Weekly Standard: President Cheats On School Reform
Joy Pullmann is managing editor of School Reform News and an education research fellow at The Heartland Institute.
The president has decided to take a tack on the largest federal education law he certainly wishes were available in budget battles: bypassing Congress and legislating through administrative agencies by offering states waivers in exchange for education policies he favors.
Adjacent to President Obama's press conference Monday concerning the national credit downgrade, Education Secretary Arne Duncan stepped up to blame Congress for failing to reauthorize No Child Left Behind by the fall deadline Duncan set. So, Duncan says, in September he will issue criteria for receiving Department of Education waivers.
A president and cabinet member insisting Congress do its job attends normal politics, but deciding to usurp another federal branch because the administration wants to beat the drum more quickly is not only breathtakingly arrogant but also illegal and unconstitutional. This portends great danger for states and schools.
This great danger is a growth of bureaucracy and rule by central administration, as opposed to governance by transparently established law within a system of checks and balances. States get about 10 percent of their education funds from the feds, but the feds create about a third of their paperwork. Like Obama's Race to the Top grants, states will have to hire armies of administrators at enormous cost to make proposals they hope will please the president, then continue funding this bureaucracy to prove they are fulfilling their programmatic promises.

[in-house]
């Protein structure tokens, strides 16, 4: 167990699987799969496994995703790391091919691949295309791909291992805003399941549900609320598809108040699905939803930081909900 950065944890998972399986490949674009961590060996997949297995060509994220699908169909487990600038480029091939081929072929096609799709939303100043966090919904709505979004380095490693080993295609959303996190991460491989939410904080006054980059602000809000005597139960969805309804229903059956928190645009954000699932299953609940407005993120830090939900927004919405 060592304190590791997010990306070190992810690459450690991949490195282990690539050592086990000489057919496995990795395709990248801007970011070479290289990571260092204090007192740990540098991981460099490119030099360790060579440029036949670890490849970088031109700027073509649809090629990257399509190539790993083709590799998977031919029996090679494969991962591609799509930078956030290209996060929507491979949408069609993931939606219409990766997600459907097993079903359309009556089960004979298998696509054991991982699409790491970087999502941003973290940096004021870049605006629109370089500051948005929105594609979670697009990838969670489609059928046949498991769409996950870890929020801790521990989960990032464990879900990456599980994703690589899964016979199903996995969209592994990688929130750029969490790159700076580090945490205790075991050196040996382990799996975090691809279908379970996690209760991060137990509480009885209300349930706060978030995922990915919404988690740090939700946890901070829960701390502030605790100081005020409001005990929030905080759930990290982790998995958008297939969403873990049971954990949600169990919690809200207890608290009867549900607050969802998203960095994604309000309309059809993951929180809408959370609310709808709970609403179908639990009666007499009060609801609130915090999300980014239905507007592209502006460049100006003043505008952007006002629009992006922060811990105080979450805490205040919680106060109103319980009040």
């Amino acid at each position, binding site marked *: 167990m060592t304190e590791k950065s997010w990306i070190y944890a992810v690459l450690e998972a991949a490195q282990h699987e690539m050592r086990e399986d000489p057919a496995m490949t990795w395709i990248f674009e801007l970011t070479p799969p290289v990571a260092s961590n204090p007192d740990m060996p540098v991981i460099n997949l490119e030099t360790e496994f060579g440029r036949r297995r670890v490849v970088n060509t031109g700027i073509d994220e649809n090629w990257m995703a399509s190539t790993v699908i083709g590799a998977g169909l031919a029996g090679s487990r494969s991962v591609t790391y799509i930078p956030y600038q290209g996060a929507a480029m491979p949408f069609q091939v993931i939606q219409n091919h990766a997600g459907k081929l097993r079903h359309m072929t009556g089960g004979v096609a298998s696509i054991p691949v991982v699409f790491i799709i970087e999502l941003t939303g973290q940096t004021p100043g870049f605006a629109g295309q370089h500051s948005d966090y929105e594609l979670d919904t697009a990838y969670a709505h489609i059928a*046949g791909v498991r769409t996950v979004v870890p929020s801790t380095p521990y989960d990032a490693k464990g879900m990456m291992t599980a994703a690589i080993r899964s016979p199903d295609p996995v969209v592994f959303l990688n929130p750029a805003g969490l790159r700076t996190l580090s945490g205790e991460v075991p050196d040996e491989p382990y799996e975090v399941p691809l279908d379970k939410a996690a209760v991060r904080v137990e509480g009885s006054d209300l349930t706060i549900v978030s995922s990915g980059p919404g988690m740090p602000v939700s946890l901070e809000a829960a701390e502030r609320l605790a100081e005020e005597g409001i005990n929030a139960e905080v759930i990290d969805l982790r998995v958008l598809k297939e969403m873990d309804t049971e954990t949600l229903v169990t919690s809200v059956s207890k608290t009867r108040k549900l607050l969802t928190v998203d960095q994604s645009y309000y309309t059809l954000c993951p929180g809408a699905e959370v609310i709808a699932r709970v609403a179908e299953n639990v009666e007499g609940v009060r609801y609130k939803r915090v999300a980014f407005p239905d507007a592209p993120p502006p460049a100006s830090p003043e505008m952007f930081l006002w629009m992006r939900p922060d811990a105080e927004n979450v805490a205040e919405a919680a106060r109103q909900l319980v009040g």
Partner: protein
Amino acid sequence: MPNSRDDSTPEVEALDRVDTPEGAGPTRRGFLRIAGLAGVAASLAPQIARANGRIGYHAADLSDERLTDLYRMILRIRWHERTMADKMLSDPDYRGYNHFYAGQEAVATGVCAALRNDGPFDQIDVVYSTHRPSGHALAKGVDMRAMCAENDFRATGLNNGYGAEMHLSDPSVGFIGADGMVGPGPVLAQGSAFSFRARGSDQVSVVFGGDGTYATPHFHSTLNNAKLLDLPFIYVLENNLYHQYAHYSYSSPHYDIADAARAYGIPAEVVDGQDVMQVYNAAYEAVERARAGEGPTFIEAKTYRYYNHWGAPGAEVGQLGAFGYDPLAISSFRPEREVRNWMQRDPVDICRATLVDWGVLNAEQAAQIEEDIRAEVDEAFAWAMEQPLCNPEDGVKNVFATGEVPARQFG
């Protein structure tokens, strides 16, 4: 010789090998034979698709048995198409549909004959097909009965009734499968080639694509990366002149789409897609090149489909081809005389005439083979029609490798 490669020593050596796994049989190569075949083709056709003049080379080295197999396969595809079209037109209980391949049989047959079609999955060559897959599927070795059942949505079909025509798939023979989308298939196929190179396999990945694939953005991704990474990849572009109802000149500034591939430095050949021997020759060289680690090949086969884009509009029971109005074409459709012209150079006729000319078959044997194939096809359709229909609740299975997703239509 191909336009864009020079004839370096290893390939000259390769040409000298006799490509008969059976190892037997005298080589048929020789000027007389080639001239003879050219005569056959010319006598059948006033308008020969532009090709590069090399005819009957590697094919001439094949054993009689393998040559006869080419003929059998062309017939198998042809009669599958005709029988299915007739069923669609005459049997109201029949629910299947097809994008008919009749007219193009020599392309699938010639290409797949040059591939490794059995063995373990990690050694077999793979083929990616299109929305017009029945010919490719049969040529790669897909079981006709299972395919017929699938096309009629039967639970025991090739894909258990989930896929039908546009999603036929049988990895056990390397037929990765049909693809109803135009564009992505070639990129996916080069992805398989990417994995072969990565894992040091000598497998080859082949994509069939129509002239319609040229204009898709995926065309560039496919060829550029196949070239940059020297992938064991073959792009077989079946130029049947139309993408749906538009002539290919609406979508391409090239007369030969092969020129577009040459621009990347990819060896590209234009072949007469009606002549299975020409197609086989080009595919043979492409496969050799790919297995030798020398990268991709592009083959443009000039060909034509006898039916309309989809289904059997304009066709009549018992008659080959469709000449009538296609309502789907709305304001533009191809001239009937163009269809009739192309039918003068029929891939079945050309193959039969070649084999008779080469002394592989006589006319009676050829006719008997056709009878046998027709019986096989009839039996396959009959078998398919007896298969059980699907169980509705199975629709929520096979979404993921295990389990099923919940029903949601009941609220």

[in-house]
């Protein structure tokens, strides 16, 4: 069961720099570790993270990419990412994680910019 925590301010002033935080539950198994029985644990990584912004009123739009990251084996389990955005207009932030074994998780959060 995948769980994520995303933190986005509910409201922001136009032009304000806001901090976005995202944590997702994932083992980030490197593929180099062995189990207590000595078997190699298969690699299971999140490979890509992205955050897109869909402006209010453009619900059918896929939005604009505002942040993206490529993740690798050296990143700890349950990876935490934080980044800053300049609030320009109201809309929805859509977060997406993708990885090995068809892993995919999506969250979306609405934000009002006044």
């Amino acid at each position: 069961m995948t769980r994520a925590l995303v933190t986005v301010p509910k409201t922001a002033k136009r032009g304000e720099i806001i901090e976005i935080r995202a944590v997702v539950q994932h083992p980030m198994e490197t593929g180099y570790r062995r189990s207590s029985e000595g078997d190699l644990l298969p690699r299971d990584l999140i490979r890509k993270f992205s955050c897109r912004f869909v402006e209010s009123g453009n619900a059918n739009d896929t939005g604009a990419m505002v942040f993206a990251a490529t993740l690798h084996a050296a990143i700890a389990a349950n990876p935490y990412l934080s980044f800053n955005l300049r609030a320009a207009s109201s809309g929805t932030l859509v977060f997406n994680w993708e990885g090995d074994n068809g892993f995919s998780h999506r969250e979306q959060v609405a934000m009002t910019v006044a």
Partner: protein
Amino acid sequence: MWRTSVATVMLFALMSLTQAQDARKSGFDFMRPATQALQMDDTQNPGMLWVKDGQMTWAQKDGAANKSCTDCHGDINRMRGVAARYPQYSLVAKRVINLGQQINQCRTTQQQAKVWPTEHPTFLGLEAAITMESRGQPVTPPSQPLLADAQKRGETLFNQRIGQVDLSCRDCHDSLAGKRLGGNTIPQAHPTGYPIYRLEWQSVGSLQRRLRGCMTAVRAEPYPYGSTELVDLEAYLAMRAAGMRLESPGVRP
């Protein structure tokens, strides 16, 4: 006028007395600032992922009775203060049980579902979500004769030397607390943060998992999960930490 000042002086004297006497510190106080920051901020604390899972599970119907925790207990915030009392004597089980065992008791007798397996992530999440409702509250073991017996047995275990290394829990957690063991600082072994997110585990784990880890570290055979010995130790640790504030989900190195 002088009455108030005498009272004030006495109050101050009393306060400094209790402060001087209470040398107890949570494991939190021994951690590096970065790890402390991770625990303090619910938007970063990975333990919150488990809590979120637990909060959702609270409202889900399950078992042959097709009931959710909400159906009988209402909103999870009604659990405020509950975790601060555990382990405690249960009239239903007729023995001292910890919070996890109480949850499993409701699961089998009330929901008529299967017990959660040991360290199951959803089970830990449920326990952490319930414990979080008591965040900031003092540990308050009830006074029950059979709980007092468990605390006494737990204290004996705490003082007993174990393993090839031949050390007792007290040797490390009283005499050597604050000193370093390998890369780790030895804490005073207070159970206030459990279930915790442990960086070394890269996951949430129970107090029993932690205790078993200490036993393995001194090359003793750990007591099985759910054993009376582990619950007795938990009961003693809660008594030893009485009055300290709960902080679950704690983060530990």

The administration has also seized this self-created opportunity to push states and schools into policies including a national curriculum. In its announcement, the administration said "college and career-ready standards" will be a criterion for waivers. The only such standards to currently exist are Common Core standards, which the administration tied to Race to the Top wins and is currently funding K-12 curriculum to accompany. How ironic, then, that Duncan accused NCLB of "forcing districts into one-size-fits-all solutions that just don't work." It seems he believes in one-size-fits-all solutions, as long as he and Obama pick them.
How, exactly, does this overhead and massive federal energy create better education opportunities for children? It doesn't. Instead, it reveals just how much of their birthright states are willing to sell.
That's the central turning point, the same facing Americans in every other current political debate: will we be a republic of laws that create the space for individual freedom, or will we be a democratic mob ruled by central fiat? With this decision, as with a long train of others, the Obama administration has declared its distaste for the American republic and preference for dictatorial control.